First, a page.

POST Online Media Lite Edition


Internet users in France don't like brands to have their data

Staff writer |
Most Internet users in France drew the line at providing sensitive information to brands on online marketers.

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Since 2007, Publicis has canvassed the attitudes of consumers in France to digital data collection in a series of reports titled "Le Baromètre de l'Intrusion."

This year saw the fifth edition of the study, conducted by Toluna on behalf of Publicis ETO. A representative panel of web users ages 18 and older completed an online survey in January 2015.

Overall, internet users in France were sensitive to potential privacy issues. When they were asked, "Does it disturb you that numerous digital files contain all kinds of information about every person in France?" nearly 29% said they were very disturbed by this fact, and a further 48.9% said they were troubled to some extent. Only 5% of those polled said it didn't bother them at all.

Respondents were also troubled by how much brands and advertisers knew about them personally, and used to target them. Some 61.5% said that they felt brands intruded into their private life to a high or very high degree.

On the other hand, most of those polled were content to receive communications from brands or suppliers they had already bought from. Mail addressed to them by name was the most popular approach, cited by 34.7%, but brand email was not far behind, with 33.8%.

SMS alerts sent to a smartphone were the least popular; just 2.6% said this was the way they preferred brands to communicate with them.

In addition, consumers were clearly open to sharing their personal information in return for specific advantages.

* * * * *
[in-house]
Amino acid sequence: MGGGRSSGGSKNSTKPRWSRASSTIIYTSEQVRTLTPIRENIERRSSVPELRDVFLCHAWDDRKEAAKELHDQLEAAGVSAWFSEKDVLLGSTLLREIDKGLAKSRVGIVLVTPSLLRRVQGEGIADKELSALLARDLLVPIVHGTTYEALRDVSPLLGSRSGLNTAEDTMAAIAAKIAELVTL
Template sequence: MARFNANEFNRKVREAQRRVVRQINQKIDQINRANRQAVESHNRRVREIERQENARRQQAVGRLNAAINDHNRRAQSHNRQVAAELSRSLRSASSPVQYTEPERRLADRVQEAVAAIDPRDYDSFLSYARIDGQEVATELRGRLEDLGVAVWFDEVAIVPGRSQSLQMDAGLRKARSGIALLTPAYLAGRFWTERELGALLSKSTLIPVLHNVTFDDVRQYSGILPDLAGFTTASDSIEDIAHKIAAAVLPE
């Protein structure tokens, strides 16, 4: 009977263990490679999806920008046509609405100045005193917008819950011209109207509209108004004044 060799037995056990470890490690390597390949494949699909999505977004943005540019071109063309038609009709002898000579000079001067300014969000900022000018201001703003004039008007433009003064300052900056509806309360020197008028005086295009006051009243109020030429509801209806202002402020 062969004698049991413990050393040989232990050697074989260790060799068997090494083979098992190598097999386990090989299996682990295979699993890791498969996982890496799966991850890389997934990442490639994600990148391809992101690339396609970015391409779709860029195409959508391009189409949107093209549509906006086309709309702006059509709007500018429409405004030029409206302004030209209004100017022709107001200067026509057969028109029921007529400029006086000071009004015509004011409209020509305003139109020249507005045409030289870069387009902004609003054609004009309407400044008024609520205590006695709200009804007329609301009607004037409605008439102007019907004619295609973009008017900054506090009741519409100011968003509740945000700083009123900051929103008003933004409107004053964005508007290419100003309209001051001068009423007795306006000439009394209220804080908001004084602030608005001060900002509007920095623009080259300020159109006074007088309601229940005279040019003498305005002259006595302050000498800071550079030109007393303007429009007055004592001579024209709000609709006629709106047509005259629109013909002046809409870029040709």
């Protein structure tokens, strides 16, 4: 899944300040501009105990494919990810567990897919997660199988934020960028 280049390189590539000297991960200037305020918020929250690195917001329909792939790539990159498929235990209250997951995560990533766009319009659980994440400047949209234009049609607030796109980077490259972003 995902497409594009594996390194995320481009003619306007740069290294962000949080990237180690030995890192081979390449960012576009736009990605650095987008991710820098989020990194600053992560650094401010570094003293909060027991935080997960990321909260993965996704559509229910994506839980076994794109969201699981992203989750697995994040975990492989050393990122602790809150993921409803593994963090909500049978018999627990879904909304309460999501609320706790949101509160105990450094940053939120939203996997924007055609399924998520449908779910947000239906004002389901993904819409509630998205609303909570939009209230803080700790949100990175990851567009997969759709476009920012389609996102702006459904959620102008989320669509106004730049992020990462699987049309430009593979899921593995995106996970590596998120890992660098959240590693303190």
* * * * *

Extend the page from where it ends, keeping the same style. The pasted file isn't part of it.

More than one-third said that if they had made a purchase, they'd be content to give information that enabled an advertiser to provide services associated with that purchase.

Similarly, 32.5% said they would divulge details if they received a discount or promotional offer in exchange, and 22.9% said they would do so to receive a gift.

But most consumers drew the line at providing more sensitive information. Generally, respondents were most likely to share their leisure-time interests, their date of birth and the area they lived in.

By contrast, a large majority were unhappy to let brands know what possessions they owned, their salary and how much money they had in the bank.

Most web users also welcomed the notion of proactively monitoring their own data and its use by third parties. When researchers asked, "Would you be interested in managing the access brands have to your data via software, a smartphone app or a dedicated website?", 76.1% of respondents said yes.

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